Should Wessex implement ReSPECT process? – The NIHR CLAHRC Wessex hosted event May 11, 2017

The event in Southampton attracted organisations* from across the Wessex region and beyond and a wide range of people including the public, paramedics, nursing staff, clinicians, managers and researchers.

Many stakeholders were represented bringing together 44 delegates, all there to examine and reflect on whether the ReSPECT approach to decision making for emergency care should be adopted.

ReSPECT stands for the Recommended Summary Plan for Emergency Care and Treatment.

It is defined by those behind its development as a “process that creates personalised recommendations for a person’s clinical care in a future emergency in which they are unable to make or express choices. It provides health and care professionals responding to that emergency with a summary of recommendations to help them to make immediate decisions about that person’s care and treatment. ReSPECT can be complementary to a wider process of advance/anticipatory care planning”

During the careful development process feedback from stakeholders, including patients was used to design and modify the form, which is recognisable from its purple design.


The NIHR CLAHRC Wessex hosted event was just one of a number organised to hear feedback and reaction to the ReSPECT process and to discuss what barriers may exist in implementing it across the full range of health care environments.


Catherine Baldock (pictured above), Head of Resuscitation, Clinical Skills and Simulation at University Hospitals Coventry and Warwickshire NHS Trust, presented her experience as an early adopter (and part of an NIHR funded evaluation) of ReSPECT. During her presentation, she spoke of some of the problems she came up against, but also of significant positive support from patients and the healthcare community for the process once implemented.

Following the lively debate and discussion on the day Catherine reflected,

“People will always look for problems and reasons not to adopt and yet I would urge them to look for solutions and the benefits of implementing this. It does put the patient in the centre of the decision making process and empowers them to be able to discuss what they would like and what they see as their priorities of care.”

There were further presentations from different sectors represented at the event, some group work to capture key issues for consideration, and there was also time for questions and discussion.


Professor Alison Richardson, has been working with her research team at NIHR CLAHRC Wessex to examine the development and implementation of Treatment Escalation Plans, and fed learning into early versions of ReSPECT.

“It was clear from the meeting that there is strong support for the principles embedded in the ReSPECT process.  But given the different processes already in use and initiatives underway or planned in our region there is a clear need for organisations to decide where and how best to test ReSPECT and work through the best means to address a central issue – that  of transfer of information across sectors.  We heard from a patient point of view they want us to get on with it, as adopting a unified approach with the potential to cross the gaps – in teams, across teams, from home to hospital and hospital to home, involving the 111 and 999 services and care homes – is really important to them.”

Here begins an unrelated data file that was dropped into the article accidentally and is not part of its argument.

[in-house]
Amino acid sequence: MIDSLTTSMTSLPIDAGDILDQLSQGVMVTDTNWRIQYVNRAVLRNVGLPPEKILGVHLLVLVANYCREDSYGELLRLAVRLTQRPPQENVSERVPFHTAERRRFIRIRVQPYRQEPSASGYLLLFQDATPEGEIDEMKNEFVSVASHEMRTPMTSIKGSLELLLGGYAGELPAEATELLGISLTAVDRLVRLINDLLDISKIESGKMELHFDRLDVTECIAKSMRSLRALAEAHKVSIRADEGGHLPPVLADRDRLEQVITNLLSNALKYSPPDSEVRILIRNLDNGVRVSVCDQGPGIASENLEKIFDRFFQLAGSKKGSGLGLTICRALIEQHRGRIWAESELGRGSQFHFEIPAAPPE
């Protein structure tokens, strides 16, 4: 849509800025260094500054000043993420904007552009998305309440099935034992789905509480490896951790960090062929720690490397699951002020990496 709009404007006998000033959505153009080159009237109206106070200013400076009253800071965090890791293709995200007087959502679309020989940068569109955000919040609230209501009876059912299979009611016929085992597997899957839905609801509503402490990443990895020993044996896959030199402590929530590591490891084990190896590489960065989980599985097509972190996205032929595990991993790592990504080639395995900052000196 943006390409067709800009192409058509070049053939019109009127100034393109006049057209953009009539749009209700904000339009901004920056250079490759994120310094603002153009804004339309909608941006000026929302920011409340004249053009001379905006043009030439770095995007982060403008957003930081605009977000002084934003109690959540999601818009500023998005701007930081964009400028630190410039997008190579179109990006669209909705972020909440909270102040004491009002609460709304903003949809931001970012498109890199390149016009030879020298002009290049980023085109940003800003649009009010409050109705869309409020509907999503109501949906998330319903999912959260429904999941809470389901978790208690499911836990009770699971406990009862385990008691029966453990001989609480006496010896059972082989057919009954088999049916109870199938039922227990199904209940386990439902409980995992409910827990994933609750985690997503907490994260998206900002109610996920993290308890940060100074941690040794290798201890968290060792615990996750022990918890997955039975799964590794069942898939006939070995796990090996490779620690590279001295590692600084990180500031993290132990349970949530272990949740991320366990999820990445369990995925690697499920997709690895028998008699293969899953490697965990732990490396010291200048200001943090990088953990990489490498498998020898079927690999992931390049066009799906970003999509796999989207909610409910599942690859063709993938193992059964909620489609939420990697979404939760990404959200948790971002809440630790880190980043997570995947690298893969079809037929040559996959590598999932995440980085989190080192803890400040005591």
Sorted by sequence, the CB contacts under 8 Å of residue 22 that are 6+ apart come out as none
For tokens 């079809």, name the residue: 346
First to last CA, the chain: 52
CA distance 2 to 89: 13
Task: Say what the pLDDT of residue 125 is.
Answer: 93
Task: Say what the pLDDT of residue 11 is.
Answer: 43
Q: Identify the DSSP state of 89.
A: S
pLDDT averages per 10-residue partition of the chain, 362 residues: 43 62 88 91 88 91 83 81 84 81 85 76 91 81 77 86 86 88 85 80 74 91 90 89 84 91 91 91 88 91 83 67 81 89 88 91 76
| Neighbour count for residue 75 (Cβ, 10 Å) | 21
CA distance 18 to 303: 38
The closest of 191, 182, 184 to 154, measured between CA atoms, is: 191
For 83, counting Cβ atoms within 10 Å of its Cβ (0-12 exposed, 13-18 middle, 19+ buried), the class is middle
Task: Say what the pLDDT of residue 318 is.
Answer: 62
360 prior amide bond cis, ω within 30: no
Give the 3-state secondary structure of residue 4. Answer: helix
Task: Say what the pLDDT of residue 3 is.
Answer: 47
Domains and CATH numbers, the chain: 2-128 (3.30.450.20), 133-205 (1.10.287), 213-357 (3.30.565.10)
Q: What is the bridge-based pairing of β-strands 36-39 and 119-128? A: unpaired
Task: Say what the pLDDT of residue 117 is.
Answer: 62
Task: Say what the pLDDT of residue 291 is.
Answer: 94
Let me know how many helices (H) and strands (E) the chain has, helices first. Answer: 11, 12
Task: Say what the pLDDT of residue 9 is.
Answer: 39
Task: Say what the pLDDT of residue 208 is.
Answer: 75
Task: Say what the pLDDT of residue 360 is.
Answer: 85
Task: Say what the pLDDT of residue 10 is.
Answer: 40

Sally Dace is a champion for patient and public involvement for CLAHRC Wessex, and was there at the event to record feedback from the stakeholder groups. She believes there is one straightforward test for ReSPECT

“At the end of the day the success of the process will be how many patients are willing to embrace it, rather than how the form looks, how good the computer systems are or how engaged professionals are.”


“It was great to see so much energy in the room. Few if any things have ever come without challenges, but what needs to drive us forward is improving patient outcomes and patient experience – and if something is worth doing, together we will make it work.” – Frederico Moscogiuri, Chief Executive of the Resuscitation Council

The organisers of the event (NIHR CLAHRC Wessex) are now gathering anonymous feedback through an online survey, which will be pulled together and shared with those who came to the event. We look forward to seeing how the region and individual organisations within it respond going forward.


If you want any more information about our work with TEPs or ReSPECT contact: or go to the website

The presentations are available here:

*Below is a full list of the organisations represented.

Dorset County Hospital NHS Foundation Trust

Dorset Healthcare University NHS Foundation Trust

Hampshire Hospitals NHS Foundation Trust

Isle of Wight NHS Trust


NHS England South (Wessex)


Oakhaven Hospice

Oxford Health NHS Foundation Trust

Poole Hospital NHS Foundation Trust

Portsmouth Hospitals NHS Trust

Resuscitation Council (UK)

Rowan’s Hospice

Salisbury NHS Foundation Trust

Solent NHS Trust

South Central Ambulance Service NHS Foundation Trust

South Western Ambulance Service NHS Foundation Trust

Southern Health NHS Foundation Trust

Stoneham Lane Surgery

The Bridges & Dorchester Road Surgeries Weymouth & Portland Locality

University Hospital Southampton NHS Foundation Trust

University Hospitals Coventry and Warwickshire NHS Trust

University of Southampton

Wessex Academic Health Science Network

Wessex Clinical Strategic Network

Weymouth Elderly Care Service, Two Harbours GP Federation

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